To win the war of the wills with my adorable-but-stubborn 3-year-old, Charlie, I have to give him choices. “Milk or water?” when he asks for juice; “Do you want to play with your books or your blocks?” when he demands to watch more TV. This approach, however, hasn’t translated well to potty-training. “The Elmo potty or the Dora one?” just wasn’t enough to compel him to sit down long enough to get the deed done. I was worried he might be too stubborn to potty train—but then Jeanine, the mom of Charlie’s best friend, Stevie, who is probably even more stubborn than Charlie, told me she’d trained her son in less than three days using a sort of “boot camp” she cobbled together from parenting blogs and her own mommy instincts.
Needless to say, I was intrigued. What follows is Jeanine’s Potty Training Boot Camp For Stubborn Toddlers—and how it worked for my own little soldier. (And if it worked for our boys…we think it might work for your child!)
Step 1: Banish All Diapers from Your House
I began Day 1 of Jeanine’s program by telling Charlie that because he was 3 years old, it was time to stop wearing diapers. I got a big box and asked him to help me put in all of his diapers, then I wrote the names of his baby cousins on the box and explained the mail man was going to deliver his diapers to them. He smiled and helped me seal the box. Score: Mommy, 1; Diapers Forever, 0.
Step 2: Go Shopping for Underwear
Next, we drove to the store, where I allowed Charlie to pick out as many pairs of Mickey Mouse and Superman underwear as he wanted. We left the store with 28 pairs, which he happily counted and sorted like they were toy cars. Score: Mommy, 2; Diapers Forever, 0.
Step 3: Get Ready for a Big Mess
When we got home, he put on one of his new pairs of underpants. Then I just let him do his thing, playing with puzzles, watching TV, while giving him ample snacks and drinks—even juice—hoping his liquid consumption would mean more opportunities to do the potty dance.
Within 20 minutes, the first pair of underwear was wet. But, I couldn’t get him to sit on the potty. Pair #2 was soon wet. Still, he wouldn’t even try the potty. By bedtime, he’d gone through eight pairs of his new underwear in total and hadn’t set foot in the bathroom. Score: Mommy, 2; Diapers Forever: 1. (Though it felt like 100.)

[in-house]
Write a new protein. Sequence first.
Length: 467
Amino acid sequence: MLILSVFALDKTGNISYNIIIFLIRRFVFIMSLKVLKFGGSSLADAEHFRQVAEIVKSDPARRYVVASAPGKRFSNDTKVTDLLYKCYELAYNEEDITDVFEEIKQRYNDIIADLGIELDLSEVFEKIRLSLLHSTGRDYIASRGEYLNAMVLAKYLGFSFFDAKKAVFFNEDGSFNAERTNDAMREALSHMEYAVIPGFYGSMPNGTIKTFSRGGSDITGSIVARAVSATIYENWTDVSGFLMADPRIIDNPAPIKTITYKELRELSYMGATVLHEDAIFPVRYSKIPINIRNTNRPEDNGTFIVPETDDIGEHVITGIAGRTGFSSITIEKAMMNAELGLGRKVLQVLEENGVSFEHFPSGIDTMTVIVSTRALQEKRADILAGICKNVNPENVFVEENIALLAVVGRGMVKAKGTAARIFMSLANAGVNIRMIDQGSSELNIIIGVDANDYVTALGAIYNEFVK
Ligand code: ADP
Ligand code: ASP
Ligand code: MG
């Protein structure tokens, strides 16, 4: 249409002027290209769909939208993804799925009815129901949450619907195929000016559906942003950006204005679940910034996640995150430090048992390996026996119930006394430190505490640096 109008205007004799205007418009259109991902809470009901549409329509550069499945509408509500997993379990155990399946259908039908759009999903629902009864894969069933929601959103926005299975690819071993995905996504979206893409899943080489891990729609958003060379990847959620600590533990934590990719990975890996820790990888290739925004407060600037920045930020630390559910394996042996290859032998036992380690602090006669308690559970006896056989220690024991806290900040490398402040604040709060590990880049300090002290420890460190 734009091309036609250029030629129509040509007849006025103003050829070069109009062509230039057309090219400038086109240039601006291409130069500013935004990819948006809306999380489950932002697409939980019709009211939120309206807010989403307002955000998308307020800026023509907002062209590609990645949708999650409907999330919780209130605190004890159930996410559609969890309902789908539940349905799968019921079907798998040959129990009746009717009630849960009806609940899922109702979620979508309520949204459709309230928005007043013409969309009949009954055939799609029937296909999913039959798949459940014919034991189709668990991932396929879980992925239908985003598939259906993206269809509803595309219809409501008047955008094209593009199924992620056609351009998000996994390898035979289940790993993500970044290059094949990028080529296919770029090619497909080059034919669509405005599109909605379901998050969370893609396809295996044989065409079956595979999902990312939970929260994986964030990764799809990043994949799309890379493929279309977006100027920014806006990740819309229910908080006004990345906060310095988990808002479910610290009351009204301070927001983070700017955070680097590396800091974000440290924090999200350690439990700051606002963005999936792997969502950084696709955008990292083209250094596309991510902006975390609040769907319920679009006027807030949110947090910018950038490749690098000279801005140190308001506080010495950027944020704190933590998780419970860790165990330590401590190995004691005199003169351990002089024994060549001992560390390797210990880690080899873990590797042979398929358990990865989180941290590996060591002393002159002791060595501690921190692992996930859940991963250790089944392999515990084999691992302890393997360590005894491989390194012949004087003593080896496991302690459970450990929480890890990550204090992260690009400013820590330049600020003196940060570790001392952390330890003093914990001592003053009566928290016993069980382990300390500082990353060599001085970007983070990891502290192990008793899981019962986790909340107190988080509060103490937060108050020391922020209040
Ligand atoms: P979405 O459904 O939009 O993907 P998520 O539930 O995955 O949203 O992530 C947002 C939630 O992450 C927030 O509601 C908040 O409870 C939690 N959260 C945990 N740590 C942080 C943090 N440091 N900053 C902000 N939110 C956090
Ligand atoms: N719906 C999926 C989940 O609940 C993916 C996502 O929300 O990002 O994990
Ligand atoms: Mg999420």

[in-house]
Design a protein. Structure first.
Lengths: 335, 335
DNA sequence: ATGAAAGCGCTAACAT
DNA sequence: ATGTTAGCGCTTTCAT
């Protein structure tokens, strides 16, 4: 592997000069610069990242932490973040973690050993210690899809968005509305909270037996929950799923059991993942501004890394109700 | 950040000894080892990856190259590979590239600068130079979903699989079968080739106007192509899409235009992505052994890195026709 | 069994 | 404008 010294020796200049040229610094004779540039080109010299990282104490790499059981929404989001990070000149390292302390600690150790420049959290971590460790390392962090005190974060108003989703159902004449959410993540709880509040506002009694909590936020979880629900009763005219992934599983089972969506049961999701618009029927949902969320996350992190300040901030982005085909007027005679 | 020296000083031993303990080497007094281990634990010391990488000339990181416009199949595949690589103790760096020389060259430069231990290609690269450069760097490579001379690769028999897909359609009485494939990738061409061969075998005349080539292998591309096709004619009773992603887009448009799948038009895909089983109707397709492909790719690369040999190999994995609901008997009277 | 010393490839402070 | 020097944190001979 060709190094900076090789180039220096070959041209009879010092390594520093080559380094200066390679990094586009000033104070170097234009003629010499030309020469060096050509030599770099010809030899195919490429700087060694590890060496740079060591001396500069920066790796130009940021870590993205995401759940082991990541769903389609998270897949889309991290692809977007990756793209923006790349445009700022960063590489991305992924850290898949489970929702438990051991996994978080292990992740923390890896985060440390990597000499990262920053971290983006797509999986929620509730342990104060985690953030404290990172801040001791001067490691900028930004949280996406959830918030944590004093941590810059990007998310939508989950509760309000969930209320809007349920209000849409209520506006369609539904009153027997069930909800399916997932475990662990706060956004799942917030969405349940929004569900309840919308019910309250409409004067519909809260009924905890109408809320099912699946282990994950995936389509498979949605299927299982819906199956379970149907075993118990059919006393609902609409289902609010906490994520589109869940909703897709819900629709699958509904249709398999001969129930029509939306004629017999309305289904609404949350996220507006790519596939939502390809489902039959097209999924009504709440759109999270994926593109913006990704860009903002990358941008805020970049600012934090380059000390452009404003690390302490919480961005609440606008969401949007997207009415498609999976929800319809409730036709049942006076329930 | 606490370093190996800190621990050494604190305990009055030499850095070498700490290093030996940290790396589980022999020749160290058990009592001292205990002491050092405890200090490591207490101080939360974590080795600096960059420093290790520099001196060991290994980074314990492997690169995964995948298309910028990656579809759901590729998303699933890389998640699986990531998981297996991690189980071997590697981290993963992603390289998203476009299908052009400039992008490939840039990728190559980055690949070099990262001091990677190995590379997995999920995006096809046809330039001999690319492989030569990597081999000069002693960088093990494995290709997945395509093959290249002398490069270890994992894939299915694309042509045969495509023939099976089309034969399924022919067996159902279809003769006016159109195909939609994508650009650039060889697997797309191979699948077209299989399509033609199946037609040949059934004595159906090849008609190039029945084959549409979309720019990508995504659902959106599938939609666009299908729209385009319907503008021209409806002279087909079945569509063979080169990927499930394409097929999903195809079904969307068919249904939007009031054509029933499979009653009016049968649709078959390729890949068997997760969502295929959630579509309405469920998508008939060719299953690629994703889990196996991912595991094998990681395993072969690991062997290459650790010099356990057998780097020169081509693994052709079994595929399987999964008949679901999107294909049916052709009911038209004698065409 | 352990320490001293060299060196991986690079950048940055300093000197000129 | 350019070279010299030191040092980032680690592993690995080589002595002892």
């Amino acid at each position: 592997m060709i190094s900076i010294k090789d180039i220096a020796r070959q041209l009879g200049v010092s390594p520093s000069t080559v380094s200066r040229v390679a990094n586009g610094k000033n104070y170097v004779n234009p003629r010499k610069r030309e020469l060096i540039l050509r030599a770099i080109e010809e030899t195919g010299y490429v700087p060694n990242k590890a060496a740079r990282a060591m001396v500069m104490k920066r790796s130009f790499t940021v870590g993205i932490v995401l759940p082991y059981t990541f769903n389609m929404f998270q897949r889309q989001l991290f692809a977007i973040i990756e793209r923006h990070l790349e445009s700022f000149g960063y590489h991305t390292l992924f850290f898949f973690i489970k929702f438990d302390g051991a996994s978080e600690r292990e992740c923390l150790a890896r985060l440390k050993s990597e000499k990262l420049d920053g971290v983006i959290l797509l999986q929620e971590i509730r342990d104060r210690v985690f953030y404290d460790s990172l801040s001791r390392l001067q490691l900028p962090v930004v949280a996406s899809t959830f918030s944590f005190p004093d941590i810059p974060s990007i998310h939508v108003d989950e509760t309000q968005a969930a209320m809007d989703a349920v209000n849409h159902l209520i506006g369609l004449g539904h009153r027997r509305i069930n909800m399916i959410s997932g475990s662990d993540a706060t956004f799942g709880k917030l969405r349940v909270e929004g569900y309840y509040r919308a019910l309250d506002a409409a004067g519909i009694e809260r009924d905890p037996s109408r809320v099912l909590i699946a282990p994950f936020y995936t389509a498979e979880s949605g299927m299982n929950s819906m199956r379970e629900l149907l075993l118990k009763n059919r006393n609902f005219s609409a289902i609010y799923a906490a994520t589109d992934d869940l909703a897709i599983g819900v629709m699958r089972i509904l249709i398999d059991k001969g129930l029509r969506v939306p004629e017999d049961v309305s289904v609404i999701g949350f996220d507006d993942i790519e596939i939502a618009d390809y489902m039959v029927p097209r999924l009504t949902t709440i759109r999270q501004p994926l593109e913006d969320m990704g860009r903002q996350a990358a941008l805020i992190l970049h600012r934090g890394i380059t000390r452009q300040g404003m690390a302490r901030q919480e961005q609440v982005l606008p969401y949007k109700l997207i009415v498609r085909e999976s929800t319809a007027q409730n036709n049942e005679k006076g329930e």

Although I remained calm and smiley during the entire day (as Jeanine had instructed; if you act like you want potty-training too much, your stubborn child will respond by rebelling), I was frantic inside. Would he wear Pull-Ups to his senior prom?? But Jeanine reassured me that “nothing went in the toilet” the first day for her son, either. This made me feel a bit better as I disinfected the floor and washed the bathmats.
Step 4: Make the Potty Fun and Relaxing
Jeanine told me the only way she actually got her son to sit on the potty was by allowing him to play on her iPad. So on Day 2, when Charlie woke up, I told him I’d bought him a new app that he could only play while sitting on the toilet. My iPad is usually off-limits to him, so he was intrigued. And sure enough, his first time sitting down, we had pee in the potty! I whooped and hollered and got everyone in the family to cheer Charlie on. Score: Mommy, 3, Diapers Forever, 1.
Step 5: Give Lots of Presents
After his first pee victory, I allowed Charlie to choose his prize from a big bag of toy cars. He was very excited about this and began planning what car he would get the next time he went in the potty. Score: Mommy, 4, Diapers Forever, 1.
Step 6: Keep Your Child in the Potty Zone for the Next 2 Days
The next two days, we pretty much stayed inside, near the toilet, and I plied him with juice and rewarded him with cars—then switched to organic gummy bears when he lost interest in them. He had two accidents on Day 2 and none on Day 3. He pooped and peed while playing matching games and learning how to count in Spanish from a Dora app. Score: Mommy, 5, Diapers Forever, 1.
Step 7: Setbacks Will Happen. Try Not to Freak Out.
The good news is that Charlie didn’t have any accidents after the first 48 hours of our boot camp. He even woke up dry in the morning and after naps. The bad news? He seemed to need to see my face to use the potty! His first day back at preschool, he held it in from 7 a.m. until 3:30 p.m. As the days passed, he got more and more comfortable using the potty when I wasn’t around, but he still prefers to have Mommy nearby. We’re working on this together, and it’s a challenge…but at least I don’t have to worry about diapers anymore!
Jorie Mark is Vitacost.com’s Director of Marketing Communications and mom to three kids, ages 3 to 10.